View Full Version : Voice lessons?????

08-22-2017, 11:22 AM
Anyone done it? Did it help? One of the big things on my bucket list is busking. I'm a lot more confidant in holding it together with the uke than I am in my voice. So, I have no idea what voice lessons are like. I'm sure there lots of different ways of teaching. Any experiences to share???

08-22-2017, 11:53 AM
Yes I did. I bought a bundle of six lessons. It went very well. I was surprised to find out in the very first lesson that my range was much wider than I thought that it was. I think that the most important aspect of the experience was that from the beginning my voice coach encouraged me to find my own voice. So after my six lessons he told me to go forth and sing. It wasn't a long term thing. Anyway, it was time and money well spent. It really helped with my confidence.

08-22-2017, 11:55 AM
Yep, I only sang or hummed to myself in the car. Then I wanted to learn to sing cause I had a uke. I took voice lessons from a Classical guitar/piano/flute/voice instructor. I was able to develop more range, especially in the upper registers. We worked for about an hour, once a week. We usually worked at the piano. She had me look in a mirror to correct mouth shapes, and we did lots of scales. We worked a lot on breath control. She would give me the melody parts and sing harmony, to try to pull me off. I had to stay on melody. We left off just as I was supposed to learn to sing harmony. Maybe I'll go back.
Don't ask how much it cost, she wouldn't take any money. It sure did give me a lot more confidence. Now I actually enjoy singing and have gotten several compliments!
Good luck!

08-22-2017, 02:04 PM
Is this the right time to break out Harry Chapin's Mr Tanner?

Voice lessons can get you a wide range of new skills. Which depends on what you want to learn. My advice is to find someone that's willing to give you a free intro lesson and then run with it. If it feels right, go for it.

Brad Bordessa
08-22-2017, 02:53 PM
Do it. Ask around for referrals. A lot more people sing than play the uke. Odds are you can find someone who's pretty good without looking too far.

Expect to feel stupid most of the time. But you can improve a lot quickly if you work at it.

Time for me to brush up with a few voice lessons...

08-22-2017, 04:19 PM
Another point of view. I've always been very self conscious about my voice, I rarely sang when I played my guitar with others. Since playing the uke and bass uke with the group I joined four years ago, I started singing a little more, then about three months ago I suddenly felt that I sound better than I used to. I started singing more with the group and now I do so all the time. I actually feel confident with my singing now. The mere involvement with the group seemed to help me a lot.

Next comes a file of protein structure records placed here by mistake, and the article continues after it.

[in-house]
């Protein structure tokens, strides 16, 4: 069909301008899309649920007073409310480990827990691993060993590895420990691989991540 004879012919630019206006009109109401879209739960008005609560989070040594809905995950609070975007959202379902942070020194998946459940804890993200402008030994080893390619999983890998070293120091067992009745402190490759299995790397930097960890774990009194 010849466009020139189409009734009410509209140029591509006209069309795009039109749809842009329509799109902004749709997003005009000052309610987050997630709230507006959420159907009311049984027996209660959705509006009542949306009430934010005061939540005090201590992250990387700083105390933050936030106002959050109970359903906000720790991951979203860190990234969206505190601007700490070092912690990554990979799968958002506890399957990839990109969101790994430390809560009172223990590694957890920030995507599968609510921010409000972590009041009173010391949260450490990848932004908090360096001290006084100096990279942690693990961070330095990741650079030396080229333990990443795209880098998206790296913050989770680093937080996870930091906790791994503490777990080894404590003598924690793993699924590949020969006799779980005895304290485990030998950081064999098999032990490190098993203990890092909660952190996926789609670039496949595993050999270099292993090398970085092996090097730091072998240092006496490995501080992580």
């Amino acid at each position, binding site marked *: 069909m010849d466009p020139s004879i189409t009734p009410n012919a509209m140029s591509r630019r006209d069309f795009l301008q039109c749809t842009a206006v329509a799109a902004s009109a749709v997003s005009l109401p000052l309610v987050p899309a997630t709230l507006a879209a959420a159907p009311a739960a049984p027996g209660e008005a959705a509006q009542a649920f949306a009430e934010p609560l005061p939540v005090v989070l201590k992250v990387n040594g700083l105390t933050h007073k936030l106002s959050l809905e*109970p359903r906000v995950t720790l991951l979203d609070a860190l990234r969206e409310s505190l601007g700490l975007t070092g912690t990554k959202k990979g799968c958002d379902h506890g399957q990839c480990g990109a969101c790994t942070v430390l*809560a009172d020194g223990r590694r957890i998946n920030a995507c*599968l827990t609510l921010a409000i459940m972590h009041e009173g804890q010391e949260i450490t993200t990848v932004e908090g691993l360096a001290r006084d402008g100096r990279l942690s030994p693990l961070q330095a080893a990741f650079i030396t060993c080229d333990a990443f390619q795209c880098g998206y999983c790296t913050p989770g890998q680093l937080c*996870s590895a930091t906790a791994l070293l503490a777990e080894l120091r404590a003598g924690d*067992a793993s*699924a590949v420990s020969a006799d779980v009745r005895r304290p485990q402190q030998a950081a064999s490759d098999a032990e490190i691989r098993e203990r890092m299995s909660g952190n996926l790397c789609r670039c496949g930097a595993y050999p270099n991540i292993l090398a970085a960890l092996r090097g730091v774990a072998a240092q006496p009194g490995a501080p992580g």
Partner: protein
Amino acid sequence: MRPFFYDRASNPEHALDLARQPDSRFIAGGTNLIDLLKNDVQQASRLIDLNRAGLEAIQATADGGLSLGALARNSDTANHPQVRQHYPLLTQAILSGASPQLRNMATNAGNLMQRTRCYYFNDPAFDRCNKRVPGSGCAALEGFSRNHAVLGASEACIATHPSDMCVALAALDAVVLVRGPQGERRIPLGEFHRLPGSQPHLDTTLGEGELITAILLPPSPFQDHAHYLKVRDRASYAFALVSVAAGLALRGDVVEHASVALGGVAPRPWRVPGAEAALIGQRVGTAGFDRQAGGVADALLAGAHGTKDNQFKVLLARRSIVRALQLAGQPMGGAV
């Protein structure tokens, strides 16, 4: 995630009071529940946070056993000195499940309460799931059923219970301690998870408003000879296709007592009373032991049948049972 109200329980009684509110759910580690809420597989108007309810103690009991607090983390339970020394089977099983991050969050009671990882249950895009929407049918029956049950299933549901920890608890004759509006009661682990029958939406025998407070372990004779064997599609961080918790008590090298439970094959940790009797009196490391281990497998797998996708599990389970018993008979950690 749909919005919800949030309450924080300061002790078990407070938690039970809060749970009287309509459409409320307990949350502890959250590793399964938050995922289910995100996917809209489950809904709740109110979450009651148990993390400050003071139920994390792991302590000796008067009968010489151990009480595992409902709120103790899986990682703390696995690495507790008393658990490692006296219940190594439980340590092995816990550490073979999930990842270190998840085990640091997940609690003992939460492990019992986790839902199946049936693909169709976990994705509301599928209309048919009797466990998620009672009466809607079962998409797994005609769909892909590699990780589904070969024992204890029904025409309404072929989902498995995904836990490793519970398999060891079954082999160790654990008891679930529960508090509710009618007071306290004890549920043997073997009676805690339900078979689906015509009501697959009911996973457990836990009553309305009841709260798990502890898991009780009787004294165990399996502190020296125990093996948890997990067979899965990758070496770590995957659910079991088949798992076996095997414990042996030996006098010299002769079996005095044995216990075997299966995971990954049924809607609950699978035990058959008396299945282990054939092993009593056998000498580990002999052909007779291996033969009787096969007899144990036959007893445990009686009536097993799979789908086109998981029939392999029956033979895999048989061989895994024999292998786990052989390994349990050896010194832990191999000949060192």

08-22-2017, 06:17 PM
Good topic. I wonder how much singing lessons can actually improve a bad singing voice. I would like to go from "war crime" to merely tolerable.

08-22-2017, 06:56 PM
No, Ive never had voice coaching but I do sing all the time. I can say that consistent singing will strengthen your voice. It is a muscle. I sound much better now than I did when I started constantly singing several years ago and my range has improved. I can tell a difference if I haven't sung for a week and try and sing a song. It takes much longer to warm up. Singing can be tiring. I wish I had gotten some proper training. Learning to breath right and use your diaphragm is hard to learn on your own.

I did look up several Youtube lessons about breathing and control and warmups. That will give you a general idea of the workout you will get. I say go for it!

08-22-2017, 08:07 PM
Learn to read single line music; that's the melody line. Play the melody line and sing along with it over and over. That will make you a better singer. Try to match the note as closely as possible.

Get yourself some music books with standard notation, not tabs. The Daily Ukulele books have standard notation. Play the melody line of the songs you like and sing along. When you really think you've got the melody down, play the first note to have a good starting point and then accompany yourself with only the chords. Does it sound right? If so, you're in key and you're singing.

How are you going to learn to read? Get Curt Sheller's ukulele reading book. Do all the exercises and you'll be reading within two weeks. You'll get better and better at reading. Then go on to Hal Leonard books that use more sophisticated chord accompaniments.

08-23-2017, 02:45 AM
Good topic. I wonder how much singing lessons can actually improve a bad singing voice. I would like to go from "war crime" to merely tolerable.

At least from my experience, I might say that there is a good chance that you are a much better singer than you think you are. A good voice coach will help you realize that.

08-23-2017, 03:28 AM
I am taking voice lessons now and highly recommend them. I found a great local instructor who also plays ukulele and guitar, so we are able to work my playing into the lessons as well to form a complete song. It has really helped me with my playing and singing.

08-26-2017, 02:44 PM
Yes yes yes!

I took a year of voice lessons from a proverbial little ol lady and she taught me a lot about breathing but projecting over pronouncing R T D and other sounds that make a song more clear. More importantly my range increased by almost an octave and my pitch got a little better.

Well worth it. After all singing is just a built in instrument that one should learn to play properly.